Laparoscopic-assisted vaginal hysterectomy with and without laparoscopic transsection of the uterine artery: an analysis of 1,255 cases
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To evaluate the operative outcomes of patients managed by laparoscopic-assisted vaginal hysterectomy (LAVH) with and without laparoscopic transsection of the uterine artery for benign gynaecologic diseases.
Patients and methods
A retrospective analysis of 1,255 women from two different centers undergoing hysterectomy between 1998 and 2009 with benign indications is presented. 856 patients were treated by LAVH type I (vaginal transsection of the uterine artery) and 399 patients by LAVH type II (laparoscopic transsection of the uterine artery). Operative outcomes, intraoperative and postoperative complications, as well as laparoconversion rates were the main objectives of the study.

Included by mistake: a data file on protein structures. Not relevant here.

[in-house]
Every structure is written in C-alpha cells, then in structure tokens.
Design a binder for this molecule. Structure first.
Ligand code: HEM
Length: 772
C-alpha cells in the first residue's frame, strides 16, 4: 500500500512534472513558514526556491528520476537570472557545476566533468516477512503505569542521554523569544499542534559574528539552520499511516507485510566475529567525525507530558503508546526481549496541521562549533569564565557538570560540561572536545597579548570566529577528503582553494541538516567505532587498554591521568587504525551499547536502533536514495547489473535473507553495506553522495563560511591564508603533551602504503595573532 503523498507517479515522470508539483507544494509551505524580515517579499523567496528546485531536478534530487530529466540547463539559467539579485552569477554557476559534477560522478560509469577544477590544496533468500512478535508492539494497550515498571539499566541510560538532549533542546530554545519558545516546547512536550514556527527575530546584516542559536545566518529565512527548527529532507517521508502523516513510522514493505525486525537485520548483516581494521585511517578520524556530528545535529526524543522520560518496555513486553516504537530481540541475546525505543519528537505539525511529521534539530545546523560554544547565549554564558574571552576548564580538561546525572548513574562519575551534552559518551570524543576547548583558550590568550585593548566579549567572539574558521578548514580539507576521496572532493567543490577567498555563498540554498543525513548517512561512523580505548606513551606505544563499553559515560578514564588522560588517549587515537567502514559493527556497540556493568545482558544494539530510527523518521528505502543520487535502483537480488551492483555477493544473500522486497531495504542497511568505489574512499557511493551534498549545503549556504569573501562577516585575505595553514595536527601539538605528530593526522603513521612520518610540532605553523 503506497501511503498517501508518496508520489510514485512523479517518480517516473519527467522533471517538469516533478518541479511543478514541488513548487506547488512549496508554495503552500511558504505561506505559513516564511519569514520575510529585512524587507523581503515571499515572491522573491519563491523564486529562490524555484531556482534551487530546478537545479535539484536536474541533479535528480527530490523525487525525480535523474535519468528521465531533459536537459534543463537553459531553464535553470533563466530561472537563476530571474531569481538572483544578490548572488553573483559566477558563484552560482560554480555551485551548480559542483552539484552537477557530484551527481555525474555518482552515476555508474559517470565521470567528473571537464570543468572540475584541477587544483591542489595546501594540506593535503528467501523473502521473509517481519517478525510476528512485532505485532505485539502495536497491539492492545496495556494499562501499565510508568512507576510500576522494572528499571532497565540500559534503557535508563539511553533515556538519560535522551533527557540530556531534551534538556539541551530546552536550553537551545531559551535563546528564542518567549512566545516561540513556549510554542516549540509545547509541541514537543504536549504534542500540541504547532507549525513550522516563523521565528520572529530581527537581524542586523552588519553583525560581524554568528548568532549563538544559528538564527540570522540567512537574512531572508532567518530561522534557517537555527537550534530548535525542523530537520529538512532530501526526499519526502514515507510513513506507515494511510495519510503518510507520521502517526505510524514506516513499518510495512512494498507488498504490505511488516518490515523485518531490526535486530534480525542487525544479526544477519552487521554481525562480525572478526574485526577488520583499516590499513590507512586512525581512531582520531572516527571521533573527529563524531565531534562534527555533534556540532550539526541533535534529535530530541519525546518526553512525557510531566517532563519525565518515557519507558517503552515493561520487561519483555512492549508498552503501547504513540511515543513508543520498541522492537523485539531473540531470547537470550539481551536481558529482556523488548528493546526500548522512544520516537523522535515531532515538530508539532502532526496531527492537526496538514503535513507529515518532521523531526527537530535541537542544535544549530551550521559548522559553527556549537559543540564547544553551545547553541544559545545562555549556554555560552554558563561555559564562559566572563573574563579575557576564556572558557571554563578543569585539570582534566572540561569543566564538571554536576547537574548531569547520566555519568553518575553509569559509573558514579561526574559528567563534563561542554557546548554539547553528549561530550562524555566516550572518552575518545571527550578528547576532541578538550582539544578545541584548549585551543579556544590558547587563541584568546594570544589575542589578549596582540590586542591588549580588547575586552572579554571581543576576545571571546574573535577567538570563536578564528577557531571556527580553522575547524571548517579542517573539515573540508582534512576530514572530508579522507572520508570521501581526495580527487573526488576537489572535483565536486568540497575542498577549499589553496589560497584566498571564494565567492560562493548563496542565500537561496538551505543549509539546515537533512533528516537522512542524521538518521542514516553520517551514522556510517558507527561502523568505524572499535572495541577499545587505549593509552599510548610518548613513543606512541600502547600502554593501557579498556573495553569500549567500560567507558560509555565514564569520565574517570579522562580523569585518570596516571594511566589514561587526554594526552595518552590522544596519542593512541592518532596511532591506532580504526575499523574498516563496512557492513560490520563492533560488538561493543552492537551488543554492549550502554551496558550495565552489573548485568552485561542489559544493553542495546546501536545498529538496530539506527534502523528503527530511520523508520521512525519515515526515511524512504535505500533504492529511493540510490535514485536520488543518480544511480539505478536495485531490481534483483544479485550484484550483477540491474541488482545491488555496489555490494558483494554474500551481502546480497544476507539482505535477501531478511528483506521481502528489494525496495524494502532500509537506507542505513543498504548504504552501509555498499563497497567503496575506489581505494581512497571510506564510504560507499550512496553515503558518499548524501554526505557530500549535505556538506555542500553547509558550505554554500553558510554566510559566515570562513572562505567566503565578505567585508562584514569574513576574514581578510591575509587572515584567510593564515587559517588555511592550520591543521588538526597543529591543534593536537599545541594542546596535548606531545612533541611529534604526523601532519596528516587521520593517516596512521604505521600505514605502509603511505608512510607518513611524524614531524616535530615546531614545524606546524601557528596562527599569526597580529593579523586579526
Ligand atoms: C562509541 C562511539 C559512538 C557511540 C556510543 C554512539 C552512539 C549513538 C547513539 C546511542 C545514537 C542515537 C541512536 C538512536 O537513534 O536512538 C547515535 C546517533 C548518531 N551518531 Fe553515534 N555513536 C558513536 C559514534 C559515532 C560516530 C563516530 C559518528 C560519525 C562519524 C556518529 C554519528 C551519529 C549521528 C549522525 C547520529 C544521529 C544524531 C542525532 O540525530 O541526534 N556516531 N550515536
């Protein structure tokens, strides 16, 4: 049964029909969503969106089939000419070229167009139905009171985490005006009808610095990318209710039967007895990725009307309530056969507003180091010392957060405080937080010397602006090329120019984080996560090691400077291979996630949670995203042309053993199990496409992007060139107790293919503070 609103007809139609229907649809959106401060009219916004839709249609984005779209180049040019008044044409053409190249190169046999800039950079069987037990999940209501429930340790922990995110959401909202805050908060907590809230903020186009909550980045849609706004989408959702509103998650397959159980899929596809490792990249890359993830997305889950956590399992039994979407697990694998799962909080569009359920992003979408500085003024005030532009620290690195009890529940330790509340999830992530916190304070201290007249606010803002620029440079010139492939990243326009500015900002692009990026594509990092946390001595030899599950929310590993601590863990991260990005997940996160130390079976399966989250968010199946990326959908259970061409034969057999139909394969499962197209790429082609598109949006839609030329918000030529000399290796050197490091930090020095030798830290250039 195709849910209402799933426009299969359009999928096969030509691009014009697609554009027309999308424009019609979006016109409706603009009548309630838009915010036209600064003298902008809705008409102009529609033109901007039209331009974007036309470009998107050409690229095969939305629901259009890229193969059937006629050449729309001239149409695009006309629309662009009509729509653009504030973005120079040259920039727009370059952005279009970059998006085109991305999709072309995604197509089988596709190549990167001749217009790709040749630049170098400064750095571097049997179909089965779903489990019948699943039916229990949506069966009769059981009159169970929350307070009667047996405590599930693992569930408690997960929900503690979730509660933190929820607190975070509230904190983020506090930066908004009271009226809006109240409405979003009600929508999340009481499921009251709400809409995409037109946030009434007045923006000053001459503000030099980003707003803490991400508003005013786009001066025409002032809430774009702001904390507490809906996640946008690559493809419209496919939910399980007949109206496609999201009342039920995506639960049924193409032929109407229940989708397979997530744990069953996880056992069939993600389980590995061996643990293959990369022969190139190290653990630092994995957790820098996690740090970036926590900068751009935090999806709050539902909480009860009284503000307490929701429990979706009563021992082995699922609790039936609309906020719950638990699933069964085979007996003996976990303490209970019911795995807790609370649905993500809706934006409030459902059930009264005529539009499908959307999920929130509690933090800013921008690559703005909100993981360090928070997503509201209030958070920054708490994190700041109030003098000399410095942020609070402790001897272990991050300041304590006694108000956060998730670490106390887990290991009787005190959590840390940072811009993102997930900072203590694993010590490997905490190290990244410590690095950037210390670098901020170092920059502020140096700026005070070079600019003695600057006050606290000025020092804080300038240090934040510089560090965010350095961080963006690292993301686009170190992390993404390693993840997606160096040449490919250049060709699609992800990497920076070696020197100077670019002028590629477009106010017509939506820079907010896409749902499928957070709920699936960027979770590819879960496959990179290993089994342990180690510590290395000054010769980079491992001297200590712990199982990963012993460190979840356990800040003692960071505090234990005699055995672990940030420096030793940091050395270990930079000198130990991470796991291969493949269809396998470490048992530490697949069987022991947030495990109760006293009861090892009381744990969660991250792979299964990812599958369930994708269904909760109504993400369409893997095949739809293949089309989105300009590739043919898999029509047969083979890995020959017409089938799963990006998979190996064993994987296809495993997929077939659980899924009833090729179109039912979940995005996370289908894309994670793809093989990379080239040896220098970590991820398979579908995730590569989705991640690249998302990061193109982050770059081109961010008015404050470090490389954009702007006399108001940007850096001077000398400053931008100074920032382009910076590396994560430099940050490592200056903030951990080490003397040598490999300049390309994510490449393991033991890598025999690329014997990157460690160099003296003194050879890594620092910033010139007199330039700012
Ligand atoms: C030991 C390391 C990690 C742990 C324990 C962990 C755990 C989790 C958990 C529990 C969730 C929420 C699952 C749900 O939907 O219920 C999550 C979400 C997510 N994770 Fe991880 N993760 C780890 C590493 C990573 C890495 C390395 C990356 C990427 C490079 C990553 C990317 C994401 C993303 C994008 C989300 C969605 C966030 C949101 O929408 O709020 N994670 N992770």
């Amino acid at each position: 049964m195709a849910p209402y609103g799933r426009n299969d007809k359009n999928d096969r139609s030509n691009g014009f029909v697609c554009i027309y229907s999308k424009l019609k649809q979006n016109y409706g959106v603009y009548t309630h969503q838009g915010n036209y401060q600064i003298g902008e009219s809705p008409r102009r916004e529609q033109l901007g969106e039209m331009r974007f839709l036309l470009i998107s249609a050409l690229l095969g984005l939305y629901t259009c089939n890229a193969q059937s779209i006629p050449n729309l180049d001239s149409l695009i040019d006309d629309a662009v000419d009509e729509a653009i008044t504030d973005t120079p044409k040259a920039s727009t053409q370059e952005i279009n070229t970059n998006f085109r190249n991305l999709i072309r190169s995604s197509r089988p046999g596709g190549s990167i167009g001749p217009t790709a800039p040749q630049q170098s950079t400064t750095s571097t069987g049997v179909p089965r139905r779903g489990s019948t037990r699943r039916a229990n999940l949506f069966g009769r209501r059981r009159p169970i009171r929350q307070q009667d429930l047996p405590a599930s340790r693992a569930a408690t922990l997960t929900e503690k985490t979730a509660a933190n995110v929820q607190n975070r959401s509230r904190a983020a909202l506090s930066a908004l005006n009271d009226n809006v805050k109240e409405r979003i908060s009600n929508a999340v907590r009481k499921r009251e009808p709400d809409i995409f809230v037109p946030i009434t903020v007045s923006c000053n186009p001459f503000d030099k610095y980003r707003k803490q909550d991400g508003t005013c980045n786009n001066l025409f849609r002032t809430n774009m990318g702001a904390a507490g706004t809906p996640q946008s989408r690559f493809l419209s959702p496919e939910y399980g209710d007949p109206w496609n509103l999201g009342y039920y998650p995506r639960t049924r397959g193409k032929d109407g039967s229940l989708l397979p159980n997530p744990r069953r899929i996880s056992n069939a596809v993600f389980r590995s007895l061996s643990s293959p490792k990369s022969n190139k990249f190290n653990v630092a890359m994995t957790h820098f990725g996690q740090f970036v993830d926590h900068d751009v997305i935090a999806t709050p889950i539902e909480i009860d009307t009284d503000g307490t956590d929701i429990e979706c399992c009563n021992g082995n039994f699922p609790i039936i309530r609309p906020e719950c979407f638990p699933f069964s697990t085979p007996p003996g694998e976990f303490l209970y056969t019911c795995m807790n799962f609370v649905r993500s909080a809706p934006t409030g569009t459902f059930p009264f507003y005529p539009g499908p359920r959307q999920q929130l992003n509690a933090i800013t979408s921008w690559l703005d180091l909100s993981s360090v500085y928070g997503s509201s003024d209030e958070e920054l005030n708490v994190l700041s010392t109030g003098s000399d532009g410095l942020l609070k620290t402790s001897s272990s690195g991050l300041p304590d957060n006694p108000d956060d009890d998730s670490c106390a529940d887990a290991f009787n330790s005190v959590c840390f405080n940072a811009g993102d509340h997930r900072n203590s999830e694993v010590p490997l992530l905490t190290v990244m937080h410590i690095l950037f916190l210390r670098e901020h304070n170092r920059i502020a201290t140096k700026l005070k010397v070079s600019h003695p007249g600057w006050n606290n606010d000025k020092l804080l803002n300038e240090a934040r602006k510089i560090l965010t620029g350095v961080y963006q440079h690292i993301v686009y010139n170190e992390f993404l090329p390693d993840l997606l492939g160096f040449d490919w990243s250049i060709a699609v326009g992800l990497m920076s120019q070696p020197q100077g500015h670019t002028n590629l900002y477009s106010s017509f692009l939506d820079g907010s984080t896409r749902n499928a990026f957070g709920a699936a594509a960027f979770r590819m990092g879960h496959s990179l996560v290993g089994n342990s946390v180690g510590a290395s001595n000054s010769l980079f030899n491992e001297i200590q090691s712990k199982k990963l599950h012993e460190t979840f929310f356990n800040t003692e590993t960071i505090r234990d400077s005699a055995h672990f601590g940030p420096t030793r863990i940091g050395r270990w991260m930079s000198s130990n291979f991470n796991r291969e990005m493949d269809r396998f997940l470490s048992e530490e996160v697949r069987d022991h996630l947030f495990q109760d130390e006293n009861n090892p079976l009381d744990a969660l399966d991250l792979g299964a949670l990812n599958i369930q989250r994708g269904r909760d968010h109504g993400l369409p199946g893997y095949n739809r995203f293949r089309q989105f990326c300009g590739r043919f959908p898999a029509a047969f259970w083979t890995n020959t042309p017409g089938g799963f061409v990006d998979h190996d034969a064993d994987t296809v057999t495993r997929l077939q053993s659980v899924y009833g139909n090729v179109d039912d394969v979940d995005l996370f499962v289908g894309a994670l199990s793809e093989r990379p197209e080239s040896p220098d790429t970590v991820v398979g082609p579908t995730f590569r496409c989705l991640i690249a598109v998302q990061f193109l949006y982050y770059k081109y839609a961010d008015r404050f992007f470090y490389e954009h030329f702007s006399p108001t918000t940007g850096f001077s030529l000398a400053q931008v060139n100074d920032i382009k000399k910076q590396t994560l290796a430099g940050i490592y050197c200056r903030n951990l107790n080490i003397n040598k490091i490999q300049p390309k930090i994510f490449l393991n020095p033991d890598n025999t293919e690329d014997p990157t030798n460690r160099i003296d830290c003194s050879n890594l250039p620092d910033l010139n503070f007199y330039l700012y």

Median operative time was similar between LAVH type I and II (136 vs. 126 min, respectively, P = NS). Intraoperative complication rate was not significantly different between the two groups of the study (LAVH type I: 1.5% vs. LAVH type II: 1.26%, respectively, P = NS). The injury of the urinary tract, especially of the bladder, was the most common intraoperative complication for both the groups of the study. Laparoconversion rate was similar in LAVH type I and II (0.5 vs. 0.35%, respectively, P = NS), while postoperative complications were significantly higher in LAVH type I (2.25%) compared to LAVH type II (1.16%), mainly because of postoperative vaginal and intrabdominal haemorrhage in the group of the LAVH type I.
LAVH with laparoscopic transsection of the uterine artery is an effective and safe technique with less postoperative complication compared to LAVH with vaginal transsection of the uterine vessels.
KeywordsLAVH Transsection uterine vessels Complication rate
Conflict of interest
- 1.Keshavarz H, Hillis SD, Kiele BA, Marchbanks PA (2002) Hysterectomy surveillance-united States, 1994–1999. MMWR CDC Surveillance Summ 51(SS05):1–8Google Scholar